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Healthy Eating On A Food Stamp Budget

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Dr. Ernest Levister, Jr.
Dear Dr. Levister: I’m a working single mother. Last week I swallowed my pride and accepted food stamps? Does that mean my family has to give up healthy eating? H.E.

Dear H.E.: As more and more families turn to food stamps to make ends meet, you can expect to hear that question over and over again? While theoretically it is possible to

survive on the meager allotment allowed through the Supplemental Nutrition Assistance Program (SNAP aka Food Stamps), many who have attempted to prove this through a month-long (or longer) “food stamp” diet do not take into account the realities of needing to survive on such a budget.

Yes, if everything goes exactly as planned through an entire month, it is probably possible to eat a relatively healthy diet on a food stamp budget. But what if your car breaks down and you need to get it repaired so you can get to work? What if you or one of your children has to make an unexpected trip to the doctor’s office? It is this kind of unanticipated expense that cannot be simulated in any sort of experiment.

These expenses (that, let’s be honest, happen on a fairly regular basis) make it difficult to eat healthy on such a regimented budget. If you’re getting down to the ends of your food budget and go to the grocery store or farmers market and see a bushel of apples for $3 and know that you can get three cheeseburgers for the same price at a fast-food restaurant down the street, which would you choose if you were hungry?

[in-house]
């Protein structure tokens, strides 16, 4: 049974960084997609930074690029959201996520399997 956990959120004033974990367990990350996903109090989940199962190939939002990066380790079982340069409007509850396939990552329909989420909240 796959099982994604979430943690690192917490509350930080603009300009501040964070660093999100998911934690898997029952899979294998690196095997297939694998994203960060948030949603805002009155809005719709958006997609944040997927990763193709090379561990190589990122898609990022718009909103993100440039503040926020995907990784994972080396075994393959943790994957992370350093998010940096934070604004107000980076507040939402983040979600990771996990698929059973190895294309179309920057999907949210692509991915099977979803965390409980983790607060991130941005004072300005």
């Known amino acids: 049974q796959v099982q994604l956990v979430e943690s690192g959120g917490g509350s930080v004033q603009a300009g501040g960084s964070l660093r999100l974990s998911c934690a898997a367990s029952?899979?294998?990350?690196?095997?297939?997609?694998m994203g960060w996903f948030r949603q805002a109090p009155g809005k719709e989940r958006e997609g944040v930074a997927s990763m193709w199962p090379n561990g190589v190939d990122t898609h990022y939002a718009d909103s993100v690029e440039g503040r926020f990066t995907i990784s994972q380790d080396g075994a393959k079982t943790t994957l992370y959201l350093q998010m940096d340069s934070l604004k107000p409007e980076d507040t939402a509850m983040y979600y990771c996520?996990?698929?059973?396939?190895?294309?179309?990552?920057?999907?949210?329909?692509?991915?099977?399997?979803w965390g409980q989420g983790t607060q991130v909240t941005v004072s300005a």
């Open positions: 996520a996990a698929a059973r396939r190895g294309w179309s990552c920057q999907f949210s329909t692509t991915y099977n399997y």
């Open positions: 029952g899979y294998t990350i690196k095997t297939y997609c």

So while it might be possible to have a healthy diet on a food stamp budget if everything else in your life is going perfect, that is usually not the case for those who have to rely on a tight budget just to feed themselves and their families. Two things that the government must do is expand the income cap for food stamp eligibility and re-evaluate the federal poverty line as it is well-below what most experts believe constitutes a “living wage.”

If you or someone you know is living on food stamps or a similarly tight food budget, you/they might want to check out Riverside County Nutrition, Family and Consumer Services at UC Cooperative Extension at (951) 358-5311. To find out if you are eligible for food stamps go to www.fns.usda.gov.

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